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  1. #188
    Regular Member george@chongwei's Avatar
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    thanks for sharing the pics..wow loh, looks like u are very busy in this thread

  2. #189
    Regular Member ctjcad's Avatar
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    Default ^^After all..^^

    ..our Loh is BC's own "Mr. Singapore"..

  3. #190
    Regular Member Loh's Avatar
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    Default Spirit of Evolution

    Hi George and Chris, more pics from AYG Opening Ceremony coming your way.

    After Asia's Zest, a much larger, longer and varied display came from the "Spirit of Evolution" beginning with the deep blue sea and its thunderous waves so brilliantly and visually created and played out by the overhead lights.

    And it was performed by seven different groups with singers from the School of the Arts:

    * Deyi Secondary School
    * Henderson Secondary School
    * Hwa Chong Institution (College)
    * NCC Air Cadets
    * National Junior College
    * Serangoon Junior College

    Vocalists: Moira Loh Xiao Hui and Lydia Lim Ya Sze, School of the Arts

    Choreographers: Mr Dan Kwoh and Mr Kiki Tay

    (Sorry the last six pics should not belong to this segment.)
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    Last edited by Loh; 07-03-2009 at 12:48 AM.

  4. #191
    Regular Member george@chongwei's Avatar
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    my eyes is getting blue and blue and blue then to red then to white then to blue again

  5. #192
    Regular Member Loh's Avatar
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    Quote Originally Posted by george@chongwei View Post
    my eyes is getting blue and blue and blue then to red then to white then to blue again
    That's the whole idea - to turn you into a blue-eyed boy!

  6. #193
    Regular Member Loh's Avatar
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    Default Spirit of Evolution

    Evolution continues and turns into something more vibrant in the next segment of the display.

    "The innovative use of props and costumes and the unique music with Asian flavour attempts to show the transition from the traditional to the modern. The youth of Asia will embrace change positively, seize golden opportunities and shine like stars."

    (Now George is going to see red with rage!
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    Last edited by Loh; 07-03-2009 at 02:38 AM.

  7. #194
    Regular Member Loh's Avatar
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    Default Spirit of Evolution (continued)

    The dramatic colour changes from the illuminating lights all around and above high up in the ceiling presented a magical atmosphere that excites both the eyes and imagination to no end and the images were ably synchronized by the energy of the young ochestra and the spirited dancers!
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  8. #195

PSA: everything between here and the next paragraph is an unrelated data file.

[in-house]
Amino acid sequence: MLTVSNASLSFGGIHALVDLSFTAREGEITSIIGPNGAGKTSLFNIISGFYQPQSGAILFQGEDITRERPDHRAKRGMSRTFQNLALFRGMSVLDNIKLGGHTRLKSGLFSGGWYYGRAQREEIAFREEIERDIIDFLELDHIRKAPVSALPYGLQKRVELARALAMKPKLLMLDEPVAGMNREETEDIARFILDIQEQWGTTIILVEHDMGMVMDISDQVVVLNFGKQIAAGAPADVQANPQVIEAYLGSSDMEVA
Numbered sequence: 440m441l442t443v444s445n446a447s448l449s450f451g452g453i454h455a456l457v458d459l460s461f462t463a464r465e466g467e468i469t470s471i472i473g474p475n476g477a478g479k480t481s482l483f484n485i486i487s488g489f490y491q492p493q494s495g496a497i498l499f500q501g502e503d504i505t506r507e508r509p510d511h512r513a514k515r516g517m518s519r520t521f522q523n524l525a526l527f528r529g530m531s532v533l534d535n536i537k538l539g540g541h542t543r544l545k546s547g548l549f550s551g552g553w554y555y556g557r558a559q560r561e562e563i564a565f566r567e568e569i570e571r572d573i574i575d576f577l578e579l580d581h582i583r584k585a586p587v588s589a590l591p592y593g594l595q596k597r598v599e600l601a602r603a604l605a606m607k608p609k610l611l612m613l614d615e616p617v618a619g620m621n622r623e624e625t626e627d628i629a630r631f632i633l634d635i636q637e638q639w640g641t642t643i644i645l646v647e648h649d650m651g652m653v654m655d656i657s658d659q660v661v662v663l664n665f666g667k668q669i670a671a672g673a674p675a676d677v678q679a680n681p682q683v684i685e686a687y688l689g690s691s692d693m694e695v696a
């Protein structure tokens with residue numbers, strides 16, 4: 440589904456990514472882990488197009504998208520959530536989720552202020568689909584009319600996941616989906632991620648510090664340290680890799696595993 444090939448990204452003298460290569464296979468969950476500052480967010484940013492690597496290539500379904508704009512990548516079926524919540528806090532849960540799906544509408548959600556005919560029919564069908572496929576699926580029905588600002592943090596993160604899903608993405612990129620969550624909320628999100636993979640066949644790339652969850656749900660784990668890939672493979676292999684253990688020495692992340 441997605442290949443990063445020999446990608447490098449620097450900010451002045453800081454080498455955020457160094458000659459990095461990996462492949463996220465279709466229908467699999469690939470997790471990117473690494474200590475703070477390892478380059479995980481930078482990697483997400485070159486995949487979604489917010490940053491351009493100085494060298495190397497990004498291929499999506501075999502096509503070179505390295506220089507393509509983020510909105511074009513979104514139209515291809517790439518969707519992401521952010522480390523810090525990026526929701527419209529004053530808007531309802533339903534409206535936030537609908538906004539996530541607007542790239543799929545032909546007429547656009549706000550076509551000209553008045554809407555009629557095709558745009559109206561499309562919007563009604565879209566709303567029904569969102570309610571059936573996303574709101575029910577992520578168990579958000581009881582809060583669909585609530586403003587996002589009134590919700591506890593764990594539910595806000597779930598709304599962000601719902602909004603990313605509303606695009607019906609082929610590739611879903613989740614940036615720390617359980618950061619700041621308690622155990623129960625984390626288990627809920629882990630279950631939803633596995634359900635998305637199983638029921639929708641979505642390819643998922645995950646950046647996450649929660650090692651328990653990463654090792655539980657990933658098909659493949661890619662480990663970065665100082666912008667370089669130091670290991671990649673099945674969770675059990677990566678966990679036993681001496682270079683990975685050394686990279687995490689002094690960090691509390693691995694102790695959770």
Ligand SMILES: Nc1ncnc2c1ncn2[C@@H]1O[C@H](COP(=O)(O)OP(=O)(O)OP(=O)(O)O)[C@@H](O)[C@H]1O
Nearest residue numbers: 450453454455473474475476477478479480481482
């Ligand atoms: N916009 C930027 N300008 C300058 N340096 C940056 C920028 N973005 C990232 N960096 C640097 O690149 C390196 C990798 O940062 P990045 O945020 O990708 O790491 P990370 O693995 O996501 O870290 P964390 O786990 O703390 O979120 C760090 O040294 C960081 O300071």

Regular Member Loh's Avatar
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    Default Closing Show Segment

    A young lady and a young man from Anglo Chinese Junior College, which has earned numerous accolades from its choir, closed the show with their renditon of the Theme Song "Asia's Youth, Our Future".

    Soloists: Lian Kim Selby and Nathan Hartono, Anglo Chinese Junior College

    Choreographers: Mr Low Ee Chiang and Mr Dan Kwoh
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  9. #196
    Regular Member Loh's Avatar
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    Default Parade of Athletes

    Now the more official Ceremonial Segment began with a march past of as many athletes as available around the stadium arena.

    Afghanistan, once a war-torn country, led the parade according to alphabetical order with host country Singapore at the tail-end. Even Malaysia's sailors were there although all their other teammates had to return home because of the swine flu scare. Thankfully all the other countries remained behind to fight both the H1N1 and the competition.

    Two other countries which are now in the world headline news, Iran and North Korea, were also represented. North and South Korea may meet in the football pitch as both had advanced further into the competition. Countries may be rivals in other areas and it is such sporting events that we hope their youths can meet in more friendly circumstances. And it was also good to see a relative new nation, Timor Leste making a token appearance.

    Everyone wore a sense of pride to be able to represent their respective countries. Our dancers and singers urged them on with applause and cheers while the orchestra provided the beat. Hopefully our visitors will bring home memorable experiences, lots of new friends and make a return back to Singapore one of these days.
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  10. #197
    Regular Member Loh's Avatar
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    Default Final Ceremonial Segments

    After the colourful "Parade of Athletes" came the closing events with speeches by both the Chairman Steering Committee SAYGOC Mr Ng Ser Miang and President OCA Mr Timothy Fok before PM Lee Hsien Loong was invited to declare open the AYG Singapore 2009 officially.